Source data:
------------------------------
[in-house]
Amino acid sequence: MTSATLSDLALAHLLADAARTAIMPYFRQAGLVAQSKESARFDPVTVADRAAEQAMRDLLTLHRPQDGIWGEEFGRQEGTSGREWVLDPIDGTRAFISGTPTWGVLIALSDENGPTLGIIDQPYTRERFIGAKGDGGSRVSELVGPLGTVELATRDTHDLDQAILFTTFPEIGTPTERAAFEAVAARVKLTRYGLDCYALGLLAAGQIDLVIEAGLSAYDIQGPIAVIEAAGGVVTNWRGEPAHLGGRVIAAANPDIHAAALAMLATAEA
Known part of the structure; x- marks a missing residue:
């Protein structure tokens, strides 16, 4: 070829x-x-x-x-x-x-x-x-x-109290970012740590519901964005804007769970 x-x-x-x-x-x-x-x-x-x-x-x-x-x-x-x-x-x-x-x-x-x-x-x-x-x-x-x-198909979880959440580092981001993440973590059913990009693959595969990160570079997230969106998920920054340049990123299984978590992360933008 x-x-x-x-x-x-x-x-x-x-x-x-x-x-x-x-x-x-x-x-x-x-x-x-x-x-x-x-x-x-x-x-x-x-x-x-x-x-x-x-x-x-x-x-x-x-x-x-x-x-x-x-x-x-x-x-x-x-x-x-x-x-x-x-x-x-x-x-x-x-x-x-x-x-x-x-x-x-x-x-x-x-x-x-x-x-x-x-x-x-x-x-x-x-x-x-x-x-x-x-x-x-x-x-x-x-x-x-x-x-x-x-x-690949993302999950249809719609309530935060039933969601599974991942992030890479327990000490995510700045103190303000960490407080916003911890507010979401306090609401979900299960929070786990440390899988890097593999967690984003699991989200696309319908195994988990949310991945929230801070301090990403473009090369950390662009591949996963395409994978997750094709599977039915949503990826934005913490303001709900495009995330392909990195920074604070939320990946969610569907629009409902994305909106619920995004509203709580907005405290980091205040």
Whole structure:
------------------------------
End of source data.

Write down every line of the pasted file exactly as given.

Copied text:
[in-house]
Amino acid sequence: MTSATLSDLALAHLLADAARTAIMPYFRQAGLVAQSKESARFDPVTVADRAAEQAMRDLLTLHRPQDGIWGEEFGRQEGTSGREWVLDPIDGTRAFISGTPTWGVLIALSDENGPTLGIIDQPYTRERFIGAKGDGGSRVSELVGPLGTVELATRDTHDLDQAILFTTFPEIGTPTERAAFEAVAARVKLTRYGLDCYALGLLAAGQIDLVIEAGLSAYDIQGPIAVIEAAGGVVTNWRGEPAHLGGRVIAAANPDIHAAALAMLATAEA
Known part of the structure; x- marks a missing residue:
């Protein structure tokens, strides 16, 4: 070829x-x-x-x-x-x-x-x-x-109290970012740590519901964005804007769970 x-x-x-x-x-x-x-x-x-x-x-x-x-x-x-x-x-x-x-x-x-x-x-x-x-x-x-x-198909979880959440580092981001993440973590059913990009693959595969990160570079997230969106998920920054340049990123299984978590992360933008 x-x-x-x-x-x-x-x-x-x-x-x-x-x-x-x-x-x-x-x-x-x-x-x-x-x-x-x-x-x-x-x-x-x-x-x-x-x-x-x-x-x-x-x-x-x-x-x-x-x-x-x-x-x-x-x-x-x-x-x-x-x-x-x-x-x-x-x-x-x-x-x-x-x-x-x-x-x-x-x-x-x-x-x-x-x-x-x-x-x-x-x-x-x-x-x-x-x-x-x-x-x-x-x-x-x-x-x-x-x-x-x-x-690949993302999950249809719609309530935060039933969601599974991942992030890479327990000490995510700045103190303000960490407080916003911890507010979401306090609401979900299960929070786990440390899988890097593999967690984003699991989200696309319908195994988990949310991945929230801070301090990403473009090369950390662009591949996963395409994978997750094709599977039915949503990826934005913490303001709900495009995330392909990195920074604070939320990946969610569907629009409902994305909106619920995004509203709580907005405290980091205040």
Whole structure: